We are in the fourth chapter of Joshua. After forty years in the wilderness, the people have just crossed the Jordan and entered the Promised Land. It must have been a great day. It was a day they had dreamed of for decades. Do you remember the first thing they did in their new home? No, they didn’t have a party. Instead, they built a memorial. God told Joshua to instruct the people to take twelve stones, one representing each tribe, from the middle of the Jordan (verse 2). The tribes do so, and God stops the water from flowing to make their task easier (verse 7). (It is easy to stop a river after you have divided a sea.) The stones are taken to dry ground and piled up. That pile of stones was to act as a memorial to future generations (verses 6-7). There was nothing unique about that memorial. It is just a pile of rocks, but it served the purpose. It forced the people to remember what God had done for his people. Let me state the obvious. Memorials are important.
Memorial Day is important for that reason. It forces us to remember what is important. Our past is filled with people and events who (and which) need to be remembered. The past has shaped our present and will influence our future. This is the question you must answer today: Why is Memorial Day important?
Memorial Day is important because it forces us to remember our spiritual heritage! The Bible is filled with memorials. Joshua’s memorial is just one. The New Testament holds the most famous memorial in the Bible. You know the scene. The end of Jesus’s earthly ministry is near. Judas Iscariot has already agreed to betray him for thirty pieces of silver. It is Thursday of Holy Week and there is only time left for one more meal with the disciples, the Seder. That meal itself was a memorial. Everything on the menu reminded them of something that happened in their nation’s history. Jesus takes that scripted meal and changes everything. You remember, Jesus picked up a piece of bread and gave it to the twelve. He said the bread was his body. Later, he picked up a glass of wine and shared it with them. He said, it was his blood. Do you remember the last words the Master spoke? He presented the bread and the cup with the same line, “Do this in remembrance of me” (1 Corinthians 11:24-25). It is impossible to come to the Communion table and not remember Jesus. Memorials are important. Biblical memorials remind us of how God wants to have a relationship with us. God wants to have a relationship with you! Because of the resurrection of Jesus, your relationship with God will never end. Our faith in Jesus makes us unique. Did you know 84% of our world has some find of faith? Did you know only 31.5% of our world is Christian? That means we are a minority. Your spiritual heritage is important. You are a disciple of Jesus Christ! If you are thankful for what Jesus has done for you, say, “Amen!”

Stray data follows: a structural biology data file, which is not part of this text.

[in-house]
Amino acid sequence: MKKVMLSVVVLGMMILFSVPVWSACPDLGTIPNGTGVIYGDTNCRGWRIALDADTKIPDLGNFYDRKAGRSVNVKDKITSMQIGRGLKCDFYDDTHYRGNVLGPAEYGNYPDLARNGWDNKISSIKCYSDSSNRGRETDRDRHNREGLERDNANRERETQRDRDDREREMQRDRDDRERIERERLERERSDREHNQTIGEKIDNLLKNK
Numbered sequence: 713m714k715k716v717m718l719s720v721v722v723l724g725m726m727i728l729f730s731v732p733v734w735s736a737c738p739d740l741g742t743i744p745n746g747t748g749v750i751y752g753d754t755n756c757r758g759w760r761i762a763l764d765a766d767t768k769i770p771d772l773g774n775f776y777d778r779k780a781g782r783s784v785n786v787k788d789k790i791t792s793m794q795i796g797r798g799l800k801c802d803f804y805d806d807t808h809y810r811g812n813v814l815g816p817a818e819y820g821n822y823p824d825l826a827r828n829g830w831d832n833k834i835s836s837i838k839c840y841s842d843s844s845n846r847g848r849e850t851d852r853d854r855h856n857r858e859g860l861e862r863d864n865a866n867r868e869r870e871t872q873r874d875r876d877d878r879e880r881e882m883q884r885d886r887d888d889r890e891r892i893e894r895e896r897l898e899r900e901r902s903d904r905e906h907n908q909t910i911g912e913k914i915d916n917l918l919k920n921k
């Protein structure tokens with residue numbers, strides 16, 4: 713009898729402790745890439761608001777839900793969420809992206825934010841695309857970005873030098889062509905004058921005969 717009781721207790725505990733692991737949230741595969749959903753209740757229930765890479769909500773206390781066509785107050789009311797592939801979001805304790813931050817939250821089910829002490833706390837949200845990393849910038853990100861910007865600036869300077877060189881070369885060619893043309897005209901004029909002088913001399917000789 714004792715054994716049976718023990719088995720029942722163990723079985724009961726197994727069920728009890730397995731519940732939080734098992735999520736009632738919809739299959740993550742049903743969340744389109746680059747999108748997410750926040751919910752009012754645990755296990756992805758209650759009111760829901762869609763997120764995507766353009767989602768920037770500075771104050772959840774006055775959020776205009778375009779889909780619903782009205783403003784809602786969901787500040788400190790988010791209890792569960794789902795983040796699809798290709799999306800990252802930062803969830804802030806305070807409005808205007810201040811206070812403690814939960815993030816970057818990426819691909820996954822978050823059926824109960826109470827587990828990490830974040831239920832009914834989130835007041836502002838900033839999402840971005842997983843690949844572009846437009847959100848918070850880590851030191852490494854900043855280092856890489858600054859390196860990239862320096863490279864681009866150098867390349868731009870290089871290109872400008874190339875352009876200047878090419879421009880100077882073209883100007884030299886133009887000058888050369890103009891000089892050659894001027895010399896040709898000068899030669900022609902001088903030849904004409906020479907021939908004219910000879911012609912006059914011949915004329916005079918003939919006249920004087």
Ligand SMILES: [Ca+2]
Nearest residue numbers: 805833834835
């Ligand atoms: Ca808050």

Memorial Day is important because it forces us to remember our national heritage! You are a citizen of the United States of America. That makes you unique in our world. Did you know there are 30 national memorials owned and operated by the National Park Service? Five more are administered by other organizations but receive assistance from the NPS. The oldest national memorial is the Washington Memorial, built in 1884. The newest is the World War One Memorial, designed in 2014. National memorials are found in fourteen states and the District of Columbia. Nine national memorials commemorate U.S. Presidents, six commemorate historical figures, and five commemorate wars. The only national memorial in Ohio is at Put-in-Bay, the Perry Memorial. Don’t ignore those memorials. Did you know the population of the United States is approximately 325 million? Did you know the world population is approximately 7.7 billion? Do the math. That means Americans only make up 4.2% of the world’s population. Your American citizenship makes you unique. With all the challenges facing America today, only a fool would give up their American citizenship. We are still the land of opportunity. Your national heritage makes you different from the rest of the world.